Protect the Adirondacks has hired Peter Borrelli, a longtime environmental activist, as its first president and chief executive officer.
“I’ve known Peter for almost forty years, going back to when we both served together at the Sierra Club, and I have followed his career closely ever since,” said Chuck Clusen, chairman of the Protect board. “Peter brings a unique set of skills in communications, advocacy, and management never applied before in the Adirondacks.”
Protect was formed last year by the merger of the Association for the Protection of the Adirondacks and the Residents’ Committee to Protect the Adirondacks. The Protect board approved Borrelli’s appointment at a meeting in Blue Mountain Lake on Saturday.
Borrelli, who lives in Northville in the southern Adirondacks, has worked as a writer, editor, activist, and administrator for several environmental organizations, including the Natural Resources Defense Council, the Open Space Institute, and the Adirondack Council. He also once worked for the state Department of Environmental Conservation.
From 1996 to 2007, Borrelli served as executive director of the Provincetown Center for Coastal Studies, where he oversaw research and lobbied for the protection of marine ecosystems. He recently wrote a book titled Stellwagen: The Making and Unmaking of a National Marine Sanctuary, which was published last year by the University of New England Press.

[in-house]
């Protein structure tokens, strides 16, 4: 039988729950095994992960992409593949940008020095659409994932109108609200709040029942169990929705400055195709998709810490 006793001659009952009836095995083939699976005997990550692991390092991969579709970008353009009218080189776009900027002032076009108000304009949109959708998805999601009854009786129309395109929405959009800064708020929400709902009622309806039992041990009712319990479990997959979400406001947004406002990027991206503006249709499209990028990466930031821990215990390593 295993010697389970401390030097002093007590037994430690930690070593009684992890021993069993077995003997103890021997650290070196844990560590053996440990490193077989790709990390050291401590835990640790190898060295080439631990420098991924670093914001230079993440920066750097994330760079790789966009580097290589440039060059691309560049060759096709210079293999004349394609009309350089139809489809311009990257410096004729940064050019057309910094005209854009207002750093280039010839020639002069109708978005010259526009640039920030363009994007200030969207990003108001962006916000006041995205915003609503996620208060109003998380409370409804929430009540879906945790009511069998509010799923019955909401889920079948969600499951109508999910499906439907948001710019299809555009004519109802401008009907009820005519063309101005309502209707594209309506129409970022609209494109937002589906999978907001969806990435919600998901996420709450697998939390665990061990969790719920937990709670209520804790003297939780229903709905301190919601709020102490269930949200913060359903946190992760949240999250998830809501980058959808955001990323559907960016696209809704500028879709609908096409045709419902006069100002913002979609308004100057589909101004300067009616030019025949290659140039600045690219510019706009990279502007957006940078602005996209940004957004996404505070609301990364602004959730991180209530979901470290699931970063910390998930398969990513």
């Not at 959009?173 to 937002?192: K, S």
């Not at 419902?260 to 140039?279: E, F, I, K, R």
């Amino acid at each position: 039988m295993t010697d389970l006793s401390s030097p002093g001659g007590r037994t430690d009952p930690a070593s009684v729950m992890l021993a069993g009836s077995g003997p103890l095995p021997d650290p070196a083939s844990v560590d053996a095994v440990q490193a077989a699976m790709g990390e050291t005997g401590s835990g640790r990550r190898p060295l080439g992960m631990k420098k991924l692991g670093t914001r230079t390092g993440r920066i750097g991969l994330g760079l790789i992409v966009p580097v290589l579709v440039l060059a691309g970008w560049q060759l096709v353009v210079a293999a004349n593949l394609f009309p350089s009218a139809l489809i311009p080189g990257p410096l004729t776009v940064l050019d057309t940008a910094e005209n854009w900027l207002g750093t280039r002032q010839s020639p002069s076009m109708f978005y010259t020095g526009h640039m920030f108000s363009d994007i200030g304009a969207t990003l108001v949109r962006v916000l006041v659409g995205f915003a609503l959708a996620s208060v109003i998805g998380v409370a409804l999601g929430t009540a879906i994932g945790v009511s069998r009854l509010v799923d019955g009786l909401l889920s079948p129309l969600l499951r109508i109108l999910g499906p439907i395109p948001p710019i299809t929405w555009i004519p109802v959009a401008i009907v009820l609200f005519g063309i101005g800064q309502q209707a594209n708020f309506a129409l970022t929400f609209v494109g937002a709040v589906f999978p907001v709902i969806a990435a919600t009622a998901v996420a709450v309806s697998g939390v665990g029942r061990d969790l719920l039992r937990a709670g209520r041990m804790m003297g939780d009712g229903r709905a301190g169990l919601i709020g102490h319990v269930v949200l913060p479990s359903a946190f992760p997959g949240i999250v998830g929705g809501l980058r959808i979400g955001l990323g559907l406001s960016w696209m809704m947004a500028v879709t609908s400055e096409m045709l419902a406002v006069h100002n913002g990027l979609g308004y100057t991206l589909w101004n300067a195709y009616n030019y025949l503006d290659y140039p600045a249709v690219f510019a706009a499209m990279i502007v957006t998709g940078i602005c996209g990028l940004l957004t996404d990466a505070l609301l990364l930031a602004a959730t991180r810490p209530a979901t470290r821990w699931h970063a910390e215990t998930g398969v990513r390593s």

“My hope is that Protect will come to be respected not just as a consolidation of two former organizations with their own history and accomplishments but as a new entity with a new vision of how to move forward,” Borrelli said.
His appointment follows closely the resignation of David Gibson, who served for more than two decades as the executive director of the Association for the Protection of the Adirondacks and as the first executive director of Protect. Earlier this year, Gibson was demoted to adviser. He resigned after the organization furloughed him in May.
Last week, Gibson complained that Clusen did not reply to his resignation letter and that Protect did not allow for an orderly transition.
Gibson and Dan Plumley, who also resigned from Protect, are considering forming a new environmental organization.